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The Reading Life with Albert Woodfox

This week on The Reading Life: New Orleans native Albert Woodfox, author of “Solitary: My Journey of Transformation and Hope.” He is the last of the group known as the Angola 3 to be released from the Louisiana State Penitentiary at Angola. This memoir describes his early life, as well as how he survived more than four decades in solitary confinement, more than any other incarcerated man in America.

Web extras

Woodfox talks about giving voice to the experience of life in prison and solitary confinement.
Woodfox reads a poem about his mother and talks about the prison system.

Here’s what’s on tap in the literary life this week:

Here in New Orleans:

  • Sunday, March 17, is the final day of The Friends of the Jefferson Public Library Big Book Sale at the Pontchartrain Center, Williams Blvd. at the Lake, in Kenner. Hours are noon to 5 p.m.
  • Nordette Adams is the featured poet and S. Gerald Clark is the featured artist at the March Unlikely Salon, Monday, March 18, at 7 p.m. at Zeitgeist Theatre’s new location, 6621 St. Claude Ave. in Arabi.
  • Christopher G. Pena discusses his book, “Death Over a Diamond Stud, The Assassination of a New Orleans District Attorney,” Tuesday, March 19, at 7 p.m. at the East Bank Regional Library, 4747 W. Napoleon, Metairie.
  • The Tulane University Law School, along with the National Book Foundation, presents a panel discussion, “The Gravity of Bearing Witness,” featuring poet Jimmy Santiago Baca, novelist Reginal Dwayne Betts, novelist and public defender Sergio de La Pava, along with professor Jancy Hoeffel, Becki Kondkar, and Katherine Mattes. The event takes place Tuesday, March 19 at 5 p.m. at the Tulane Law School’s John Weinmann Hall, 6329 Freret St., room 110.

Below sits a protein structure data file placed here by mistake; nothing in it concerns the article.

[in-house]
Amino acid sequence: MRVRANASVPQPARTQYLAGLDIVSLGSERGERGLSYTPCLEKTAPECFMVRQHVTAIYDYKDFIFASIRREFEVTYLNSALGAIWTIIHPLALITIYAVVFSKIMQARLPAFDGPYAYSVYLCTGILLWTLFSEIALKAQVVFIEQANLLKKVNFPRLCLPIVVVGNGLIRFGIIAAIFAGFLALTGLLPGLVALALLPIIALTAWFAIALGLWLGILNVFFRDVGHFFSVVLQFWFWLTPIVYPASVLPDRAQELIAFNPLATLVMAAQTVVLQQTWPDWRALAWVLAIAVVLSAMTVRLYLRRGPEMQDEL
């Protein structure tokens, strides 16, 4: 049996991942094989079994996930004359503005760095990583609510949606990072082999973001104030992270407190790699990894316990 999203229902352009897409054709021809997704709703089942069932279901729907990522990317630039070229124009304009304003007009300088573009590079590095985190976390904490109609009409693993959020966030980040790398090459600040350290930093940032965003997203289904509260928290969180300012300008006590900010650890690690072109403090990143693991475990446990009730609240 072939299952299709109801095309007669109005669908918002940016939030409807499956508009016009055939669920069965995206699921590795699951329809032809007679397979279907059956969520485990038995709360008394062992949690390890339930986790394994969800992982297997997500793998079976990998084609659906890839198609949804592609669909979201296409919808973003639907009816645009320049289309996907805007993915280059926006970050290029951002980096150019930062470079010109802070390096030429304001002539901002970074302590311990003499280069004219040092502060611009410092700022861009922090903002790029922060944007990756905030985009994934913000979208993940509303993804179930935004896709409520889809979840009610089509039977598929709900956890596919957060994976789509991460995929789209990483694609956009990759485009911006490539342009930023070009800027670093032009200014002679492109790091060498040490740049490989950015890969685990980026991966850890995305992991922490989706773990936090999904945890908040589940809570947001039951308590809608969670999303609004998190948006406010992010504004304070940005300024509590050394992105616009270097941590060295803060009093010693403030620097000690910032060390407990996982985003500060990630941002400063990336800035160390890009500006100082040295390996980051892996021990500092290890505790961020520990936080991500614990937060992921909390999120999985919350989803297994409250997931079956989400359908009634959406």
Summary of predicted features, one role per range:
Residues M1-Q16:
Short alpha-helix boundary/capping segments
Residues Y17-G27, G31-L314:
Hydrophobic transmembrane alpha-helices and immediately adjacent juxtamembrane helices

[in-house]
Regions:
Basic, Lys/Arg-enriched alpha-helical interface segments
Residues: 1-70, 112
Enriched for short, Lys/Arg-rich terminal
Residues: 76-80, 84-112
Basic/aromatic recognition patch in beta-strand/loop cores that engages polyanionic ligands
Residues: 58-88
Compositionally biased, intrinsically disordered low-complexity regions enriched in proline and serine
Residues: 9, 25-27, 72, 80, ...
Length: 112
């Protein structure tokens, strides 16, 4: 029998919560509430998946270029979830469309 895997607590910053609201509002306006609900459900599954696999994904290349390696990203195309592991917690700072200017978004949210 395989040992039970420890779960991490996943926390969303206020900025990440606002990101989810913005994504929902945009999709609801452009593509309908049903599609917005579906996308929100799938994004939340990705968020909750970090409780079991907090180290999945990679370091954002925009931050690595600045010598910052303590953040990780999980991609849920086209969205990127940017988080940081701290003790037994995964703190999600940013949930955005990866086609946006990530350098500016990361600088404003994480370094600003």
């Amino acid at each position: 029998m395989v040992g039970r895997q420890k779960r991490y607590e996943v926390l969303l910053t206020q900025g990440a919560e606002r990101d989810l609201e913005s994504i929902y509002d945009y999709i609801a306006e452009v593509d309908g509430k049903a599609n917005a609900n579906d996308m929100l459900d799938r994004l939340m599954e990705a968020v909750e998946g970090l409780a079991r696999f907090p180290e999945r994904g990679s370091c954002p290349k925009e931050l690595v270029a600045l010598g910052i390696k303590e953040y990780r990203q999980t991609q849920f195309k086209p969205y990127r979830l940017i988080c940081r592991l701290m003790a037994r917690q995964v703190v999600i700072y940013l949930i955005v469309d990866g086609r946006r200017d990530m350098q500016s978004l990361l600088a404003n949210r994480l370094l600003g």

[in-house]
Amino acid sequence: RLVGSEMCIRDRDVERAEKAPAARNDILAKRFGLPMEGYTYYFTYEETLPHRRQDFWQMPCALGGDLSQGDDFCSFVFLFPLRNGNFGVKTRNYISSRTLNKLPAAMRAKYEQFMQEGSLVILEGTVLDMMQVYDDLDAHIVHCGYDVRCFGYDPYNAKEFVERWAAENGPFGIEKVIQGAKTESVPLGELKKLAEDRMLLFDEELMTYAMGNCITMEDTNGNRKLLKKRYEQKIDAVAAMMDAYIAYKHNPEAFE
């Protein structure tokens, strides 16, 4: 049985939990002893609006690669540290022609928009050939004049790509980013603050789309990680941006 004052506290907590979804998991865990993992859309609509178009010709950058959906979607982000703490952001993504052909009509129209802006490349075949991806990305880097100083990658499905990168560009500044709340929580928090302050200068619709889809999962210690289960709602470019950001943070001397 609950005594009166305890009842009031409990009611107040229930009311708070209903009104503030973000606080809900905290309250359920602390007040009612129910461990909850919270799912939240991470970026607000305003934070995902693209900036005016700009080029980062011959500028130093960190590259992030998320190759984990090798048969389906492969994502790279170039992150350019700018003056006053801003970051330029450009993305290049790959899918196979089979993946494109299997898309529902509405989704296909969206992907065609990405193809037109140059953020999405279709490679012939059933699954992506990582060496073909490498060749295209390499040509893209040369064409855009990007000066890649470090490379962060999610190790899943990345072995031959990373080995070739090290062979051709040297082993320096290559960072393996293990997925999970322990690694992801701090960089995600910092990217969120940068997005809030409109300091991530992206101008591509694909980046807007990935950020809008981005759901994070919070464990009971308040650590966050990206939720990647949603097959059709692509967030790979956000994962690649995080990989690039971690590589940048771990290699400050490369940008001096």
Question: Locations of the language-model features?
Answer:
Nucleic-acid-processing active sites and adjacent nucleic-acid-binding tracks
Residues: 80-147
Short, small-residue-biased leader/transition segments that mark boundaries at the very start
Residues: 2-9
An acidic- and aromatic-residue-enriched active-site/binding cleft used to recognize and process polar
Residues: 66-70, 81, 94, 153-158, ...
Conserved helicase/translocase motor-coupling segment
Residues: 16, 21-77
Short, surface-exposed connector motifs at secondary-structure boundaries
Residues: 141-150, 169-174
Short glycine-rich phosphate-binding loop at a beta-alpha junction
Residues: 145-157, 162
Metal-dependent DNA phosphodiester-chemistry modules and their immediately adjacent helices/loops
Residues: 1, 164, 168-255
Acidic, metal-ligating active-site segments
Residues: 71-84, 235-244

• Albert Woodfox discusses and signs “Solitary: My Journey of Transformation and Hope,” Wednesday, March 20, at 6 p.m. at the New Orleans Public Library Main Library, 219 Loyola. He will appear with Emily Maw of Innocence Project New Orleans.
  • Bryan Wagner discusses and signs his book,” The Life and Legend of Bras Coupe: The Fugitive Slave Who Fought the Law, Ruled the Swamp, Danced at Congo Square, Invented Jazz, and Died for Love,” Wednesday, March 20 at 6 p.m. at Garden District Book Shop.
  • Amanda Emily Smith is the featured reader at the Blood Jet Poetry Series, Wednesday, March 20, at 7 p.m. at the Dragonfly, 3921 St. Claude Ave.
  • The University of New Orleans Creative Writing Workshop will host a reading by poets Toi Derricotte and Chioma Urama on Wednesday, March 20, at 8 p.m., at the UNO Lakeside Campus, Liberal Arts Building, Room 197. The reading will be followed by a Q&A, booksigning, and brief reception. 
  • The University of New Orleans Press is hosting a university-wide fundraiser called The Write-A-Thon, sponsored by local businesses. Across 20 hours on March 20 and 21st, students faculty, staff and the greater New Orleans community will write, host and attend workshops and lectures and participate in readings and events, all while raising money for the UNO Scholarship fund and university departments. Think of it as a charity marathon, with writing instead of running. For more info, check out unopress.org/write-a-thon or go to the Qgiv.com platform to register or donate.